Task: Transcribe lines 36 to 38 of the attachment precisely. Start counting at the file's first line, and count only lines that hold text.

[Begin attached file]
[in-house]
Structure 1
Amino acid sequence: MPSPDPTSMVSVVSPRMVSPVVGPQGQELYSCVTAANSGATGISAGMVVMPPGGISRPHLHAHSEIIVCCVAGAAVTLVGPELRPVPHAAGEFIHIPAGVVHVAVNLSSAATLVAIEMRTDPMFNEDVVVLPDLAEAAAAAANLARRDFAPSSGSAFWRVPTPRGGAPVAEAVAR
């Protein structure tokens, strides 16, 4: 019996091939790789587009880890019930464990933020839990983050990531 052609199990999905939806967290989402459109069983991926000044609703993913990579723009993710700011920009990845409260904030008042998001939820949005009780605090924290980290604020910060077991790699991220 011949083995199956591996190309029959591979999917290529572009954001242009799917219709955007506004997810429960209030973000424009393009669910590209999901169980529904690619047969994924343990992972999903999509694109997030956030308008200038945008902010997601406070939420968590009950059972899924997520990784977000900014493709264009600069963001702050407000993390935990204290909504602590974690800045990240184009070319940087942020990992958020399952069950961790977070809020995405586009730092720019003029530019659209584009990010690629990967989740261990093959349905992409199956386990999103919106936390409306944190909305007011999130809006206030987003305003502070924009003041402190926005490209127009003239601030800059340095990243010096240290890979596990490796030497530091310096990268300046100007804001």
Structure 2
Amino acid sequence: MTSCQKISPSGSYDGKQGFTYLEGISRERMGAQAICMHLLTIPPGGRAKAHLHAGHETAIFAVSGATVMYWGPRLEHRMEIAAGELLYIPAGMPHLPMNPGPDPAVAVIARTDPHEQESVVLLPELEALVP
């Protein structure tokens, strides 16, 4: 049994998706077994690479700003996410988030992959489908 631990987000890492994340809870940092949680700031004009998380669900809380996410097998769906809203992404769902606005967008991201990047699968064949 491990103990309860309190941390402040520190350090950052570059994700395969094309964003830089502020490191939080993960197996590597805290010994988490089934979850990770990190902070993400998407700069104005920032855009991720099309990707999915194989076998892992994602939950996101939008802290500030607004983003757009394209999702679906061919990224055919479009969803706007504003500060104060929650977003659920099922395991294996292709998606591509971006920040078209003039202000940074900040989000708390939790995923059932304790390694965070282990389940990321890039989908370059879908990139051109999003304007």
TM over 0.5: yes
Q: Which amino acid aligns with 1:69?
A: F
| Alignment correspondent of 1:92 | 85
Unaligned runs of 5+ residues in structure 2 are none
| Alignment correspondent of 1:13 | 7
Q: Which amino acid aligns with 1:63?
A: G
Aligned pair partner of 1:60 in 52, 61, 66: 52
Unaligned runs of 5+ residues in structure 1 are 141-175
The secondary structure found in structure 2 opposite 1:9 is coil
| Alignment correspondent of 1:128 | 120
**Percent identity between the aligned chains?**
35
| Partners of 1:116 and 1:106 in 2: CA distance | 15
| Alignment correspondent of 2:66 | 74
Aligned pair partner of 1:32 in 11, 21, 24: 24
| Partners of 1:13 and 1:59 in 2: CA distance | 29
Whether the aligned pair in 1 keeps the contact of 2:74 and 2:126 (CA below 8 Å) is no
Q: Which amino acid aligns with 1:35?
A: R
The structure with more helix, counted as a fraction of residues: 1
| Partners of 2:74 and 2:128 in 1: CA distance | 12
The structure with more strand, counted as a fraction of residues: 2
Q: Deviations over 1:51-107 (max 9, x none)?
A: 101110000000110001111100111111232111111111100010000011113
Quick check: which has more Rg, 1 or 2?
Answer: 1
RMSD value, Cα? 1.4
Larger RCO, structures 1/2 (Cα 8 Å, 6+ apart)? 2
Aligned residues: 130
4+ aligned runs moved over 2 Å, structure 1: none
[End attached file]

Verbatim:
RMSD value, Cα? 1.4
Larger RCO, structures 1/2 (Cα 8 Å, 6+ apart)? 2
Aligned residues: 130